Sale has had a heck of a run. But so has Strasburg. If he puts in a 2018 like his 2017 … all these numbers will look even better.

    Todd Boss

    19 Dec 17 at 3:05 pm

  7. Jack Morris was never the best pitcher in his **division** never mind the American League in any given year of his career — Stieb, Clemens, Eckersely, Guidry, Blyleven, Gubicza, Saberhagen, and Viola were all head and shoulders above him. And quite frankly, he was rarely the best pitcher on his own team — just 1985-1987.

    If pitching one legendary game in the WS is all it takes, then let’s put Don Larsen and Howard Ehmke in, too.

    Luke Erickson

    19 Dec 17 at 4:06 pm

  8. Slightly off topic, but we have the potential for 3-6 Hall of Famers on this current roster if things break right for them – Max, Stras, Harp, Murph, Turner and Rendon (no, not Gio). Now we just need to win a playoff series.

    Andrew R

    19 Dec 17 at 8:04 pm

  9. I think we need to start with a town hall like Jeter’s Marlins. Yikes


    19 Dec 17 at 10:28 pm

  10. Jack Morris was never the best pitcher in his **division**, never mind the American League. And he only the best pitcher on his own team for three years (1985-1987). Eckersley, Guidry, Blyleven, Clemens, Viola, and Saberhagen were all head and shoulders above Morris.

    And if having a legendary WS pitching performance is legit, when will Don Larsen and Howard Ehmke be enshrined?

    Luke Erickson

    20 Dec 17 at 6:31 am

  11. Q: Is Stras an ace?

    A: Game 4.


    20 Dec 17 at 7:30 am

  12. Nat HoFers: I’ll start with the easy one — no on Murph. Yes, he’s been of that caliber the last two years, but those were his age 31 and 32 seasons. He’d need a run of five to seven similar years to get into the conversation, and at his age, I don’t see it happening. Murph may end up with a career like Mattingly’s, where he was truly elite for only three to five seasons.

    Trea: He has a path now that Rock Raines is in, but it’s a narrow one, and it will require him to be good for a long time . . . and to play a lot better than he did in 2017. Raines is in, while Lofton isn’t even really close. Trea is somewhere in their mix.

    Rendon: There aren’t a lot of 3Bs in the Hall. Also, despite his overall excellence, his career OPS+ is only 116, wRC+ 119. For him to get Hall consideration, I think it’s going to have to be a longevity thing, with 3,000 hits or something.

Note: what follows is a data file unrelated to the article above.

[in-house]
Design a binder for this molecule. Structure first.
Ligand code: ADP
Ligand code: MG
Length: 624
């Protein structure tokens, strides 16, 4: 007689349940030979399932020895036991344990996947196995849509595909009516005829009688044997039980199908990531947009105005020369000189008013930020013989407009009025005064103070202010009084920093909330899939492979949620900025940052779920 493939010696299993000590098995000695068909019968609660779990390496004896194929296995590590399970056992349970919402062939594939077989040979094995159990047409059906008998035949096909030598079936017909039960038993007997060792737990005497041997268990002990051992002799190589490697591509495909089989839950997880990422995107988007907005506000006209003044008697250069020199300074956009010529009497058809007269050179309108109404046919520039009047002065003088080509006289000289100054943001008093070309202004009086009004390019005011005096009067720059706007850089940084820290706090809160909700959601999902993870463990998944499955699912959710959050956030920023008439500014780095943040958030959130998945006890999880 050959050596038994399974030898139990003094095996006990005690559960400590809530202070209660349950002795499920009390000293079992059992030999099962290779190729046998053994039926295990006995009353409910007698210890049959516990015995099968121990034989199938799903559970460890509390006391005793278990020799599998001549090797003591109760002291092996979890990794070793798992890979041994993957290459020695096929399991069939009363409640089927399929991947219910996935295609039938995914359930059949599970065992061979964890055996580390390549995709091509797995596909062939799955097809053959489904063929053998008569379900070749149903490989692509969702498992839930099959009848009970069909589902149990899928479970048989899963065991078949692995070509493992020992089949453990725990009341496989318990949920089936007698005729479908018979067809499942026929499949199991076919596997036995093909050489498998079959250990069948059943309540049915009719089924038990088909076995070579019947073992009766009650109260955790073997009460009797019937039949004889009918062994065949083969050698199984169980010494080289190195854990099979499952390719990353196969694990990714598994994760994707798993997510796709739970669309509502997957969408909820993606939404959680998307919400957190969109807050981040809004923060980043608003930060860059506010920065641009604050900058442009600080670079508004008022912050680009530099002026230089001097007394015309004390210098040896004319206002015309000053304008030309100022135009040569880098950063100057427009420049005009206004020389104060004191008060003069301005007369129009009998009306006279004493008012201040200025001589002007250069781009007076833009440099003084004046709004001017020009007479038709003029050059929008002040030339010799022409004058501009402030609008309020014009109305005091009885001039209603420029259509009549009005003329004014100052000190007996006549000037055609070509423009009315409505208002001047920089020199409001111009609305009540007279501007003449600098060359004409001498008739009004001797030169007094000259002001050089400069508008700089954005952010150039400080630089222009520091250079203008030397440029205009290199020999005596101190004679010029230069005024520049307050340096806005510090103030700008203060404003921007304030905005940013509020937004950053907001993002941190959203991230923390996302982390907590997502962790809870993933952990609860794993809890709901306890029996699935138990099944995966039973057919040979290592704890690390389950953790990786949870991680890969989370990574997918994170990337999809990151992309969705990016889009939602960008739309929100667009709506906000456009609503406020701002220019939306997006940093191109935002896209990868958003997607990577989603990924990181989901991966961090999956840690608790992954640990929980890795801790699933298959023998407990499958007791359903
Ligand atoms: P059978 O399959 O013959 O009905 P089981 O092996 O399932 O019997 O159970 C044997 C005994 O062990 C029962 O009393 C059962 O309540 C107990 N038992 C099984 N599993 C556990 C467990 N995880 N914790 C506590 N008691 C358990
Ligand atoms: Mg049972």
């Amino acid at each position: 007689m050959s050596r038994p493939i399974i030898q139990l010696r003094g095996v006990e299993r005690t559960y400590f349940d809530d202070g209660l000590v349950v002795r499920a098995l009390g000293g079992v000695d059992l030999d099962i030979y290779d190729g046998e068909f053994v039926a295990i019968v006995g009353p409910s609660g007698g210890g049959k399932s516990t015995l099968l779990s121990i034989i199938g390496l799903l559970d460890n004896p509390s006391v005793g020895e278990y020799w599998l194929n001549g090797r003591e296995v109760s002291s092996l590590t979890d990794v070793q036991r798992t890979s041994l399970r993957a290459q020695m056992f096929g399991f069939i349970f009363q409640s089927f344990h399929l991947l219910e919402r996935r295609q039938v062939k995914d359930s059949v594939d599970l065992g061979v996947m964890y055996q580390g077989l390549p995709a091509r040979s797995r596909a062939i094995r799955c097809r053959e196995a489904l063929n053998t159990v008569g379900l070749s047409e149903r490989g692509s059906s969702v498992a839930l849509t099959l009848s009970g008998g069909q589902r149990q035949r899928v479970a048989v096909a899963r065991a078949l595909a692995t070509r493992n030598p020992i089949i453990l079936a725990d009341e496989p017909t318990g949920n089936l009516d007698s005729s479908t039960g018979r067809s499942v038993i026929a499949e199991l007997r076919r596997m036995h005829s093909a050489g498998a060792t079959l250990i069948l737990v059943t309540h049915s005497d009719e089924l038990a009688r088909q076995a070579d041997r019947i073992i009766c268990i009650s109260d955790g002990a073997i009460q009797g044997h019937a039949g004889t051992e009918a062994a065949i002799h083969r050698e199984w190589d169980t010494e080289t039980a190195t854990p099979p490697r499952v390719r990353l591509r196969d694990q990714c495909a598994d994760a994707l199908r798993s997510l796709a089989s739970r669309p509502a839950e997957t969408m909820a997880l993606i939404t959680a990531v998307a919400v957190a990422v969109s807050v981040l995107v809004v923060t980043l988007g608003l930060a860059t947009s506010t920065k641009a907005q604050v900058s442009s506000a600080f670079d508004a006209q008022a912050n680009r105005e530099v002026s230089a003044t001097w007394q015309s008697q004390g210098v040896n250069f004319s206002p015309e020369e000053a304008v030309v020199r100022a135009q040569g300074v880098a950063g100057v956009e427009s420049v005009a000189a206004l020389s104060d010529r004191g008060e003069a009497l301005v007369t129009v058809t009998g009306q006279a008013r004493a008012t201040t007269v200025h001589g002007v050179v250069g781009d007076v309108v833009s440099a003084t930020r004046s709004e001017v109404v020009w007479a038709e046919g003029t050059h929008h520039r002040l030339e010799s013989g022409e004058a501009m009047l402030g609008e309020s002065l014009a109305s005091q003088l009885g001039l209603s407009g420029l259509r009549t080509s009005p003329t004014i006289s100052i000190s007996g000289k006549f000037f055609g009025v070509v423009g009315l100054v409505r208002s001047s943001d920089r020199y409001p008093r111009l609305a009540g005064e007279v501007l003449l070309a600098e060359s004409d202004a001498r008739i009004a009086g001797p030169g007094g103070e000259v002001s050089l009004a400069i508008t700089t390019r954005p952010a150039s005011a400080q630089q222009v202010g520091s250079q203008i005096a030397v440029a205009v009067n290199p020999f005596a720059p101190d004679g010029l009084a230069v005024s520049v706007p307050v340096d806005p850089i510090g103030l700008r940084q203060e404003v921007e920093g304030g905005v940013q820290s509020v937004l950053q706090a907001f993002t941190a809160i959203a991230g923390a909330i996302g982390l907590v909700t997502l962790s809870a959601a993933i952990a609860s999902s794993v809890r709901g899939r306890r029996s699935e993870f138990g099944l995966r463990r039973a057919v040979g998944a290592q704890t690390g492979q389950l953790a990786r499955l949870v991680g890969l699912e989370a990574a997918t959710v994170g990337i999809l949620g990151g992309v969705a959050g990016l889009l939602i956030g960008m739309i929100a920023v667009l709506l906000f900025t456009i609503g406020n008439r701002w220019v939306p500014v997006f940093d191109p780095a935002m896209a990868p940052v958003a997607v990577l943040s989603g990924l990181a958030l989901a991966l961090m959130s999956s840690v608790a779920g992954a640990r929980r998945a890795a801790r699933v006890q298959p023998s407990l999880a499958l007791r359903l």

Harper: The “problem” for him is what it’s always been — expectations. I’d say that he’s on a borderline HOF pace. He has one MVP and one 40-HR season. But the burden is high on superstar OFs. He’ll need 500 HRs, four or five 40-HR seasons, two or three MVPs . . . and he’s perfectly capable of all of those. Right now, he’s sort of on a Sheffield/Guerrero pace, guys who are considered borderline as far as the HOF is concerned.

    Stras: He’s going to be helped when Halladay and his low win total joins Pedro and his. But Halladay has two CYAs, while Stras has finished no higher than third. The next three or four seasons will be key to a Stras Hall candidacy, as he’s at the peak of his career and needs to make the most of it. He also needs a few more signature Game 4 type performances to get the voters over their shutdown bias against him.

    Max: Since he was older by the time he got really good, he needs a longer healthy regression than Halladay and Pedro had. Pedro’s last good year was age 33; Doc’s was age 34. Max still needs 59 wins to get to 200. Neither Pedro nor Doc got anywhere near that many after age 32. There are plenty of examples of guys who did, though, like Mussina and Brown. In fact, I think it’s held against Brown that he pitched until 40 and ended up with “only” 211 wins.


    20 Dec 17 at 8:14 am

  13. So, here’s a quick benchmark on automatic HoFamers: 3 major awards. If you get 3 MVPs or 3 Cy Youngs, you’re basically automatic (well, unless you’re Barry Bonds/Roger Clemens and have PED stink on you).

    Can Harper get two more MVPs? Probably. But he needs to stay healthy for a full season and (likely) stay out of the AL where Mike Trout basically is 1st or 2nd every year. Here’s the last few NL MVPs: Stanton (now in AL), Bryant, Harper, Kershaw, McCutchen (probably aged out of MVP discussions now), Posey (entering his age 31 season…he’d be hardpressed as well), Votto (he’ll be 34 next year but just finished 2nd; can he continue to do this?).